Christian Aid Exposes Discrimination against Indian Dalits in Tsunami Relief

Christian Aid have recently revealed that some minority communities in India are being discriminated against by the government in the distribution of tsunami relief. Dalits in India, according to human rights groups, have even been asked to leave the relief camp.

Dalits in India are on the lowest rung of the caste system and often face economic and social discrimination. They are labourers receiving the lowest daily wages and do not own boats or land. They are even considered to be the social inferior of fishermen and their families.

Along with many other victims in the fishing communities, Dalits have lost their homes and livehoods in the catastrophic tsunami. Christian Aid partner the 'National Campaign on Dalit Human Rights' (NCDHR) reports that in some places in the state of Tamil Nadu, Dalits have been told by members of higher castes to leave the relief camps.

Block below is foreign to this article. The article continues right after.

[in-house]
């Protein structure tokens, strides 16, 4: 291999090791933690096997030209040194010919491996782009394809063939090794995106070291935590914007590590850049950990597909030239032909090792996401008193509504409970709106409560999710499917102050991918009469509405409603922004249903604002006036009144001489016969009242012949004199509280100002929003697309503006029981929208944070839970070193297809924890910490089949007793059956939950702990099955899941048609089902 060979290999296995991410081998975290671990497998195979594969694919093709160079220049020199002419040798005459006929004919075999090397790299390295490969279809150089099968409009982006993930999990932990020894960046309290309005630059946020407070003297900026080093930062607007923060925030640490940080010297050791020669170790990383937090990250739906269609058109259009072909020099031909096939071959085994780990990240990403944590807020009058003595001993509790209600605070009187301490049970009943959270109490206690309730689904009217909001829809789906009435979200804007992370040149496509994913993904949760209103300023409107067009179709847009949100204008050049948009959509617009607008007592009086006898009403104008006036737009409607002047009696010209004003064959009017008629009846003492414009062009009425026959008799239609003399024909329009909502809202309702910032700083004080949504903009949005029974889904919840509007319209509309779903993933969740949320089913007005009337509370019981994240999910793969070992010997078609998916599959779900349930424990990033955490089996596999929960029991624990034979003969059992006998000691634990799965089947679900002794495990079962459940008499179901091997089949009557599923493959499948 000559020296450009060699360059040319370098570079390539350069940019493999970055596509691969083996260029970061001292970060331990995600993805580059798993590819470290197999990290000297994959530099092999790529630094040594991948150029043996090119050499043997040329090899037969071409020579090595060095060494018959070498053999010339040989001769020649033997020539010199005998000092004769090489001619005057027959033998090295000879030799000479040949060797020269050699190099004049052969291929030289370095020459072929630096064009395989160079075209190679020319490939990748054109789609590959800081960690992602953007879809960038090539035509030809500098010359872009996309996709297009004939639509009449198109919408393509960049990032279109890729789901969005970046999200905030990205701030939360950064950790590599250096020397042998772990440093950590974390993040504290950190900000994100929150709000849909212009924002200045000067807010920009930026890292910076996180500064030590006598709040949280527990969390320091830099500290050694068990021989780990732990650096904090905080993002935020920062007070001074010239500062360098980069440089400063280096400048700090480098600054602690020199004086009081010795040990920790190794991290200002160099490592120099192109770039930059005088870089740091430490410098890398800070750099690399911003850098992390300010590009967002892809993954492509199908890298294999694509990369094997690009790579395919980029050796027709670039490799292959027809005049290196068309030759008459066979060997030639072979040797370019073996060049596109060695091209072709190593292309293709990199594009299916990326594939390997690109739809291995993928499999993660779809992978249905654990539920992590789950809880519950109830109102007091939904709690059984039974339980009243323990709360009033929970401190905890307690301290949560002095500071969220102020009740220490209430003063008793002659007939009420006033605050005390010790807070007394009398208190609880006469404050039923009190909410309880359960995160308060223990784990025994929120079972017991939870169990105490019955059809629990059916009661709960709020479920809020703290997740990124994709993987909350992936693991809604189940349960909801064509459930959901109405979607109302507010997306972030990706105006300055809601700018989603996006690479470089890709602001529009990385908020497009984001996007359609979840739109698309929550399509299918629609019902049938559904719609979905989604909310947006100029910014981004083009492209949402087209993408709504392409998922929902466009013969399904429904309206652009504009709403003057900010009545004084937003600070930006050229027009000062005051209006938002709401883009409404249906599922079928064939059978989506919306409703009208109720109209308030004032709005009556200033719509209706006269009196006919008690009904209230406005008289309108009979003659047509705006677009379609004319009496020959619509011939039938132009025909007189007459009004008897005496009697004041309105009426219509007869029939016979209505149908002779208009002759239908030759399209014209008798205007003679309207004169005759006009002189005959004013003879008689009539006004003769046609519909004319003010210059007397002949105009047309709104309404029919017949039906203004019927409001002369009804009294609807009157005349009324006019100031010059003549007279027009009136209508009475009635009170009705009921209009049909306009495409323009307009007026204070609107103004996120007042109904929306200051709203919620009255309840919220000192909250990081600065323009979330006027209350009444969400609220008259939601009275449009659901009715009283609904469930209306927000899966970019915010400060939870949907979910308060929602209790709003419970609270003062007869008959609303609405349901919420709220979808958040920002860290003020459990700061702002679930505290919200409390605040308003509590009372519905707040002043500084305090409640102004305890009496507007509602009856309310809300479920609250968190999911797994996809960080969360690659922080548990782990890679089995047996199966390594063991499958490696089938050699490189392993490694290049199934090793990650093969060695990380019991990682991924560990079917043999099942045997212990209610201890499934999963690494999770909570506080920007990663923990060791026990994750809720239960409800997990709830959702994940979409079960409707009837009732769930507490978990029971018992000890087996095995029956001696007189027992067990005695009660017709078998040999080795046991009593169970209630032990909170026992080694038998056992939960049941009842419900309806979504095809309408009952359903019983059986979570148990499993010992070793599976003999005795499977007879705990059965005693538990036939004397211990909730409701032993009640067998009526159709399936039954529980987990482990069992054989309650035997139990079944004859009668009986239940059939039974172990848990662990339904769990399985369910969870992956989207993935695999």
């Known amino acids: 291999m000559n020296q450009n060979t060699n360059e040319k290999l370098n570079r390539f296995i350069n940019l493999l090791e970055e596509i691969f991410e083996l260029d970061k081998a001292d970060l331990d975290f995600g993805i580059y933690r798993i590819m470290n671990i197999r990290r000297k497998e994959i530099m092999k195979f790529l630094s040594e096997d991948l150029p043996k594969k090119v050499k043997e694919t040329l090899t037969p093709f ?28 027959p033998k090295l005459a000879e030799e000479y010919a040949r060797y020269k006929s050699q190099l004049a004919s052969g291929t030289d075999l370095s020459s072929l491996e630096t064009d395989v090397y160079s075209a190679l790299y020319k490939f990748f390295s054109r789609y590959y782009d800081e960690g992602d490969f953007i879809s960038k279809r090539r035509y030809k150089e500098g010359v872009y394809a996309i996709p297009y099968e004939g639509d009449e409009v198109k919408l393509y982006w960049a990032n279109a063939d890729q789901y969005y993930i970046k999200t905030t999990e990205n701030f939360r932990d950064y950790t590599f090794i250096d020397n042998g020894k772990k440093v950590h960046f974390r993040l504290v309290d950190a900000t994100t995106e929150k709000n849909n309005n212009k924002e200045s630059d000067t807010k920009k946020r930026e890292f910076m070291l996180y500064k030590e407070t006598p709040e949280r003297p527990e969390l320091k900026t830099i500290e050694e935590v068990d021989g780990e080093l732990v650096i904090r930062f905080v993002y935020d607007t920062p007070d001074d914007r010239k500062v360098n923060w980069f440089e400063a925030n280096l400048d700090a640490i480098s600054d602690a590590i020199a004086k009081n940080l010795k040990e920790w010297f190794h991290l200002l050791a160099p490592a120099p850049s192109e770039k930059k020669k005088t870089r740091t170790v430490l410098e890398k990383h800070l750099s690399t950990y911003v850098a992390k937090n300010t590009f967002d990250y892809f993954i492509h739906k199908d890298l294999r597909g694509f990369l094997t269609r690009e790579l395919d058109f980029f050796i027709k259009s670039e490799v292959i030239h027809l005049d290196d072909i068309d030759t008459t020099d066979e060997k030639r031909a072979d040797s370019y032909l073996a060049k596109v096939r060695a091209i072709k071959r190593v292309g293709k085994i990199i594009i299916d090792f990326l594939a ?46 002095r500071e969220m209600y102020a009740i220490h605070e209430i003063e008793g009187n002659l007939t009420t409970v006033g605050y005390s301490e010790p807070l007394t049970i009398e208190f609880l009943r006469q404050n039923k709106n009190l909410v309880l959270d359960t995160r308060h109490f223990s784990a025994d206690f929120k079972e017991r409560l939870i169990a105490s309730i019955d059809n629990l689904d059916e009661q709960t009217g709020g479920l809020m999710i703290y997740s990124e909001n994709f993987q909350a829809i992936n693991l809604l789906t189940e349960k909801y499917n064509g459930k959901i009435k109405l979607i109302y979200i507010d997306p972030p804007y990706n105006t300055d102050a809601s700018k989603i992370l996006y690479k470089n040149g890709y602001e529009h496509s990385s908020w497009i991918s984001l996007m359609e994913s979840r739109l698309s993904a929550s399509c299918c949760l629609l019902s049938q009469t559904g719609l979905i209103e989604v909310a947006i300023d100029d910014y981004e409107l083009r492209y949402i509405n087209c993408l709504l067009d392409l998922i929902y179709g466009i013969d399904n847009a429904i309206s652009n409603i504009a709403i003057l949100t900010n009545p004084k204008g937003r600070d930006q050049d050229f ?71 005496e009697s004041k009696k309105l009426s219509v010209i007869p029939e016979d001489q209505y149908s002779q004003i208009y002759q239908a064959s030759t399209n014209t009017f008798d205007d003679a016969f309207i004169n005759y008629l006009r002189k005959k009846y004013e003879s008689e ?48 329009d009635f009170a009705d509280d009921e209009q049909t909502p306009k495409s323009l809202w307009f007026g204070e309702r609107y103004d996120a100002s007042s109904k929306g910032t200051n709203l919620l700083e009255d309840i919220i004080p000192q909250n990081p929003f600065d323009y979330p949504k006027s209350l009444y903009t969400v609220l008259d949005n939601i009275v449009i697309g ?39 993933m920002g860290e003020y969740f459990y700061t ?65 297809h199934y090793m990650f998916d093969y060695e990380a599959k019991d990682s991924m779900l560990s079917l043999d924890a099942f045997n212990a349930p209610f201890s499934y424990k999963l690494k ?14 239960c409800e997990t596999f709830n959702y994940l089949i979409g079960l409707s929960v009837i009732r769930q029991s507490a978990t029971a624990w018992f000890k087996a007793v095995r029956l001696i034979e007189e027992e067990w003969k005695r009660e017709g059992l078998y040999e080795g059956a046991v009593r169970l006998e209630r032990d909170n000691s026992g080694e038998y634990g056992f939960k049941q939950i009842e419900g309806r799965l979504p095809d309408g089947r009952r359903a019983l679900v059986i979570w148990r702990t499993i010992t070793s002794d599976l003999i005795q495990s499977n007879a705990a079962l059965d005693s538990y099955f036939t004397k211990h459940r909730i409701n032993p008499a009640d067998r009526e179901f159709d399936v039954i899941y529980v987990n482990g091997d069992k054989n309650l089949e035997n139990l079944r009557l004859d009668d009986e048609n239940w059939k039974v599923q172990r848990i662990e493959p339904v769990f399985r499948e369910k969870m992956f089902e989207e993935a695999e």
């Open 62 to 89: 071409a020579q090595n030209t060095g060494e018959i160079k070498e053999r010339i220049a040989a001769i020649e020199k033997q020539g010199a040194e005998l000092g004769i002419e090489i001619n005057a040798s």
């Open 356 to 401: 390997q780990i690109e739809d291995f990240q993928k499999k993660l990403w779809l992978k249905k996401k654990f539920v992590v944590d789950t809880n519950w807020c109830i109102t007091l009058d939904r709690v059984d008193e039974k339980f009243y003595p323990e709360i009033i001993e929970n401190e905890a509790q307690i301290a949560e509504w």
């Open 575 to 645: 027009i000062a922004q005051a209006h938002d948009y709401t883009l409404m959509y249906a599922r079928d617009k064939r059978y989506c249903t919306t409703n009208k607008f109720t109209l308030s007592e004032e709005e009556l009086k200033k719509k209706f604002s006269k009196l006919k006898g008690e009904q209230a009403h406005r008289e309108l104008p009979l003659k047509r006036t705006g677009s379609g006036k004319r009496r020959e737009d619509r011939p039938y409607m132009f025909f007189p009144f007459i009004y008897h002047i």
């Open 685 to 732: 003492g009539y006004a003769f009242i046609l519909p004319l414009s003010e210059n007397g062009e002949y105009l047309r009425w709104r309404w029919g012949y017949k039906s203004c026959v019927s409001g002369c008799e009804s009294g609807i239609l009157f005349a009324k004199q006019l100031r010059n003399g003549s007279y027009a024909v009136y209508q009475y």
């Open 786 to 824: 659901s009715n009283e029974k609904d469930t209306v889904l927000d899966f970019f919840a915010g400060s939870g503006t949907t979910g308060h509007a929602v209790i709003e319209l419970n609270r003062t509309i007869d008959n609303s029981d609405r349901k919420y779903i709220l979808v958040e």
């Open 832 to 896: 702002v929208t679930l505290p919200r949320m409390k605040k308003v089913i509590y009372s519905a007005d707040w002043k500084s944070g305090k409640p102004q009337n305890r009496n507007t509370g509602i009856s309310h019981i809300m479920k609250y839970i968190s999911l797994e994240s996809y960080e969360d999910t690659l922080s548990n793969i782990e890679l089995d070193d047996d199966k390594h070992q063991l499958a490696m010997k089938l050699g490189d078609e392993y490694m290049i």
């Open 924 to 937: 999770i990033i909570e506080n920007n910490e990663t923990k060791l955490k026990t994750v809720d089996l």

In some other extreme cases, Dalits have been prevented from drinking from the same water tanks or eating in the same places as others in the relief camps.

Even though India's constitution outlaws discrimination on the basis of caste, in reality deep divisions continue to exist and prejudice against Dalits is rife, according to Christian Aid.

NCDHR, reported that even the government officials have not respected the Dalits. They didn’t visit any Dalit camps and failed to provide as much food and other relief materials as is being given to other fishing communities in the region. Some Dalits are being refused having deaths and missing people registered. In addition, Dalit areas are also the last to have water and electricity supplies restored.

A Dalit woman told Christian Aid, "The difference is that what happened to them has been recognised and they are getting some relief - we are getting nothing."

Christian Aid voices its concerns over the discrimination against the Dalits. It works with partner organisations across India and in the international community to fight caste-based discrimination. A grant of £25,000 was given to NCDHR to monitor incidents of discrimination and ensure aid is distributed equally.

Ashray, a member of a network which is working in 26 coastal areas of Tamil Nadu, Andhra Pradesh and Kerala, is also receiving funding from Christian Aid to ensure that the Dalit community benefits from emergency aid and rehabilitation.

Dalits, formerly known as untouchables, are often banned from temples and higher caste homes, made to eat and drink separately and also suffer physical abuse such as rape and murder, according to Christian Aid.